So basically nothing except a rubber coat prevents dings and dents. The impact is simply too big. If you want to prevent scratches and swirl marks that come with everyday wear, yes, that is possible. You can choose a Sinn, Damasko, Citizen Duratect, Seiko Brightz, ceramic or tungsten watch. All of these will retain their sparkle much longer. If you want a rubber coated watch there are not many choices. The rubber coating on the IWC Galapagos is reported to be of less than optimal quality and it's certainly not in the target group of watches for your wife if you were thinking of a small Rolex or Cartier watch. :) You probably aren't into Casio G-Shocks, either. Although they wear exceptionally well and the rubber coat can be exchanged quickly and cheaply if ever it does get worn. Genius.

Now the good news. If you do want a sturdy everyday watch for your wife, try a small Rolex or a small Omega Aquaterra. Both feature excellent movements and cases. The Omega's crystal is less exposed than that of the Rolex. This means less chance chipping the crystal. Both are WR and have screwdown crowns. There is also a more feminine model by Omega that just came out. I forgot the name. Ladymaster or something? Omega offers their watches with quartz movements. A favorite among women and much cheaper. So I'd choose a quartz Omega AT. The Omega AT also has brushed sides. These are less prone to swirls and easier to redo yourself. The mirror polish on the sides of a Rolex is rather fragile and can only be restored to its full glory by a pro. This will be costly and last about a month when the watch is used everyday. So if you want one of the hardiest watches around for women, you get an Omega AT with quartz movement and steel band. The Rolex DJ would only be my second choice.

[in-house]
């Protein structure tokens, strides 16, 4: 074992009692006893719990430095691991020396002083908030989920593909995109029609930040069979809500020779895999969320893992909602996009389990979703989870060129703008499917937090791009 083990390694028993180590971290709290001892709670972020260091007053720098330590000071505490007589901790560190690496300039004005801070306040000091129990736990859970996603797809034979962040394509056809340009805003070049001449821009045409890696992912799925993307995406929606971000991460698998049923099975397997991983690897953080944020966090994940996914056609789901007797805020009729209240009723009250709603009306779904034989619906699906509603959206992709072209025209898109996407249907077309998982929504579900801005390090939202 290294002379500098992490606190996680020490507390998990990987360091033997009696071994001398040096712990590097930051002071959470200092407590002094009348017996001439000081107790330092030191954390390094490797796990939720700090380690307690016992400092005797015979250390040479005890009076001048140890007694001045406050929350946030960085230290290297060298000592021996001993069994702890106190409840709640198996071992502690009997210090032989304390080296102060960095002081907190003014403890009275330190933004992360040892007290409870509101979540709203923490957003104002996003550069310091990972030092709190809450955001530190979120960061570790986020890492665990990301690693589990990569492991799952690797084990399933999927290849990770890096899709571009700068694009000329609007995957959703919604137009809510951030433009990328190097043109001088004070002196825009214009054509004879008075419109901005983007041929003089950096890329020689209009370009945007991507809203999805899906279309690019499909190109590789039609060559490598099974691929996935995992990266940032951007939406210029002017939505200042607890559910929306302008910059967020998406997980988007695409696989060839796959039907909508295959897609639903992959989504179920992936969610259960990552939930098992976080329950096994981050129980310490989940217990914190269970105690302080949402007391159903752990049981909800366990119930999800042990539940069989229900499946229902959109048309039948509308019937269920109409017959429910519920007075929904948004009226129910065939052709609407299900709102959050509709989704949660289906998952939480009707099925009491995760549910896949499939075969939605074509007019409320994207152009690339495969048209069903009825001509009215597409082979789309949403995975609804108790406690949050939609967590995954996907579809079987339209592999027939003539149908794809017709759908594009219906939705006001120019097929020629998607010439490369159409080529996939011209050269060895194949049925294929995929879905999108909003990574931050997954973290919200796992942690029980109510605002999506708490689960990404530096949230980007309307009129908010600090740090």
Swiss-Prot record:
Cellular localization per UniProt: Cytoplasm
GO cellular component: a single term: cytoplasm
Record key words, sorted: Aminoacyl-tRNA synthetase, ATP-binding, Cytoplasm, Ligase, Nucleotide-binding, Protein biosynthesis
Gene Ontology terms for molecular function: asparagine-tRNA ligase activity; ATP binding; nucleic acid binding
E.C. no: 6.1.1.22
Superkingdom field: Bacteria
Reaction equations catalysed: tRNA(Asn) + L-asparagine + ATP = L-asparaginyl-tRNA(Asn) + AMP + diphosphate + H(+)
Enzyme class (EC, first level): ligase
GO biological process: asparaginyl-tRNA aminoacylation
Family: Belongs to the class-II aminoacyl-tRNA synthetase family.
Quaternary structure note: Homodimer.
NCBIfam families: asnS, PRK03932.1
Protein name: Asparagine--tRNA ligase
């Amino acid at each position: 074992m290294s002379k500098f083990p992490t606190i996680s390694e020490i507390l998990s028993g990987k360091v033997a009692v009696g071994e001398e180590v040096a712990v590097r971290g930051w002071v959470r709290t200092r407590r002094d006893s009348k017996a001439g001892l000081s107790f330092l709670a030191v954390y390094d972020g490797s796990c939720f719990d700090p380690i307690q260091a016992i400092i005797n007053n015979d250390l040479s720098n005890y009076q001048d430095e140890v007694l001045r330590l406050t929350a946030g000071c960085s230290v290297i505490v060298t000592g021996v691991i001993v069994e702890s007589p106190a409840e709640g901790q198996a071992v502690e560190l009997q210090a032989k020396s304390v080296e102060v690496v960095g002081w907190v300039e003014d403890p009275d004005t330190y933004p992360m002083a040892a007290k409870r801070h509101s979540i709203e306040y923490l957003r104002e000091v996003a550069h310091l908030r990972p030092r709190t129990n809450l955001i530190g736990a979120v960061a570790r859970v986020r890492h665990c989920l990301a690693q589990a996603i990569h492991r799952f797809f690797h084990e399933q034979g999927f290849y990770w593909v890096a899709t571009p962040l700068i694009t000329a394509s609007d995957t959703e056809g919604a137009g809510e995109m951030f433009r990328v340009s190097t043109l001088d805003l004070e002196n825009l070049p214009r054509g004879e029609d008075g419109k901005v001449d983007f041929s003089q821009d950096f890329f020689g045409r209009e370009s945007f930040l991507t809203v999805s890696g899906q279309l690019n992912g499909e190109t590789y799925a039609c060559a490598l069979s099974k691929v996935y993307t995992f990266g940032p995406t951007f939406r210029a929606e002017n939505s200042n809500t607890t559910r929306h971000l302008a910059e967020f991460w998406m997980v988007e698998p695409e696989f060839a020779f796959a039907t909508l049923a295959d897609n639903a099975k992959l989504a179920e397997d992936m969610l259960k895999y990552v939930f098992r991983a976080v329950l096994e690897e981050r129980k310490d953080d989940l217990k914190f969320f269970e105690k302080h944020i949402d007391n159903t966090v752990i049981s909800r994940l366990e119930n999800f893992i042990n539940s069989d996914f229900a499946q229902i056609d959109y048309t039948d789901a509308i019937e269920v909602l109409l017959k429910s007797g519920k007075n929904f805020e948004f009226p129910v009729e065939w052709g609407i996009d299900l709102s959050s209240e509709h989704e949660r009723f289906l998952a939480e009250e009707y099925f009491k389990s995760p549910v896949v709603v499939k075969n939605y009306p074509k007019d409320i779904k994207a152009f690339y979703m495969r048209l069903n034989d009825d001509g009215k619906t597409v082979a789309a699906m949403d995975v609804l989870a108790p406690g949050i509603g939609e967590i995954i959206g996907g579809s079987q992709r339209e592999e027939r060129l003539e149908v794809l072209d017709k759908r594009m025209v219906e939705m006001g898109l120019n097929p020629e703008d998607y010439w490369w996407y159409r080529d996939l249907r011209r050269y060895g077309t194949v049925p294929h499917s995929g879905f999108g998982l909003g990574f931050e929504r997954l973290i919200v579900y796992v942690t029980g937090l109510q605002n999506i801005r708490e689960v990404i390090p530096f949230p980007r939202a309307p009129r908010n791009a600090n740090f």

My grandma was wearing her steel/gold small Rolex DJ for thirty years basically every single day, doing everything with it. She took it off only for sleep and showers. Now my mother wears it. It has seen regular service every 7-8 years or so. The watch looks surprisingly good.

More good news. Unless the dings and dents are really deep, the factory service is often EXCELLENT at making the watch look like new. When even the best polisseur cannot recover it anymore, there is always the option of getting a new case.